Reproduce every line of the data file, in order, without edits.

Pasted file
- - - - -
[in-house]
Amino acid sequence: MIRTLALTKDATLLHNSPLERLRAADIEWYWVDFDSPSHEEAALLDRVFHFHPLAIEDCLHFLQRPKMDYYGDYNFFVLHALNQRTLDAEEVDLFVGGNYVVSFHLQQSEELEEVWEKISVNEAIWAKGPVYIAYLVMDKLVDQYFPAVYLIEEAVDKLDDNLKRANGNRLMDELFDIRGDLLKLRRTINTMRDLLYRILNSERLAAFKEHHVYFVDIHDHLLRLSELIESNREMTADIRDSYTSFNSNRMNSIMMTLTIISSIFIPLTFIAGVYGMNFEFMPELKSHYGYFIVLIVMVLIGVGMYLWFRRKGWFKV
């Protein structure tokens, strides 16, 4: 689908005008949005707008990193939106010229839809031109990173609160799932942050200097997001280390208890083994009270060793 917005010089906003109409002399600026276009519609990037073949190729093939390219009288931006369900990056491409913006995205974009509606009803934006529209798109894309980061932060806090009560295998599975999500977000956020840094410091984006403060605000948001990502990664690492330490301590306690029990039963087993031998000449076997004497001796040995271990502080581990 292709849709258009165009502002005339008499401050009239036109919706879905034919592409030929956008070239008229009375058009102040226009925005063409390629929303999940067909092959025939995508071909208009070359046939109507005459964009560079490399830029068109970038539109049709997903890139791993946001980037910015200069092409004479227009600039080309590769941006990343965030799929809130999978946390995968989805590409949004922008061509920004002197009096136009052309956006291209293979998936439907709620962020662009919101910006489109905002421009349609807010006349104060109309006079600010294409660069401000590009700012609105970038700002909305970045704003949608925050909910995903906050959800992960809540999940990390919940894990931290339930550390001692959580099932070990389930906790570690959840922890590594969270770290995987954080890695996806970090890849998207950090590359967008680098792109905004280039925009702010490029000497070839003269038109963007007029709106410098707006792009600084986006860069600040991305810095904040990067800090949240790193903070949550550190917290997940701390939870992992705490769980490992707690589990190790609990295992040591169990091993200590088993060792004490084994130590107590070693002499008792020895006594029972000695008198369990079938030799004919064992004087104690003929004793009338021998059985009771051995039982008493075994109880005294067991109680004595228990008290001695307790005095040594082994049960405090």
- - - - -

[in-house]
Amino acid sequence: MIRTLALTKDATLLHNSPLERLRAADIEWYWVDFDSPSHEEAALLDRVFHFHPLAIEDCLHFLQRPKMDYYGDYNFFVLHALNQRTLDAEEVDLFVGGNYVVSFHLQQSEELEEVWEKISVNEAIWAKGPVYIAYLVMDKLVDQYFPAVYLIEEAVDKLDDNLKRANGNRLMDELFDIRGDLLKLRRTINTMRDLLYRILNSERLAAFKEHHVYFVDIHDHLLRLSELIESNREMTADIRDSYTSFNSNRMNSIMMTLTIISSIFIPLTFIAGVYGMNFEFMPELKSHYGYFIVLIVMVLIGVGMYLWFRRKGWFKV
């Protein structure tokens, strides 16, 4: 689908005008949005707008990193939106010229839809031109990173609160799932942050200097997001280390208890083994009270060793 917005010089906003109409002399600026276009519609990037073949190729093939390219009288931006369900990056491409913006995205974009509606009803934006529209798109894309980061932060806090009560295998599975999500977000956020840094410091984006403060605000948001990502990664690492330490301590306690029990039963087993031998000449076997004497001796040995271990502080581990 292709849709258009165009502002005339008499401050009239036109919706879905034919592409030929956008070239008229009375058009102040226009925005063409390629929303999940067909092959025939995508071909208009070359046939109507005459964009560079490399830029068109970038539109049709997903890139791993946001980037910015200069092409004479227009600039080309590769941006990343965030799929809130999978946390995968989805590409949004922008061509920004002197009096136009052309956006291209293979998936439907709620962020662009919101910006489109905002421009349609807010006349104060109309006079600010294409660069401000590009700012609105970038700002909305970045704003949608925050909910995903906050959800992960809540999940990390919940894990931290339930550390001692959580099932070990389930906790570690959840922890590594969270770290995987954080890695996806970090890849998207950090590359967008680098792109905004280039925009702010490029000497070839003269038109963007007029709106410098707006792009600084986006860069600040991305810095904040990067800090949240790193903070949550550190917290997940701390939870992992705490769980490992707690589990190790609990295992040591169990091993200590088993060792004490084994130590107590070693002499008792020895006594029972000695008198369990079938030799004919064992004087104690003929004793009338021998059985009771051995039982008493075994109880005294067991109680004595228990008290001695307790005095040594082994049960405090």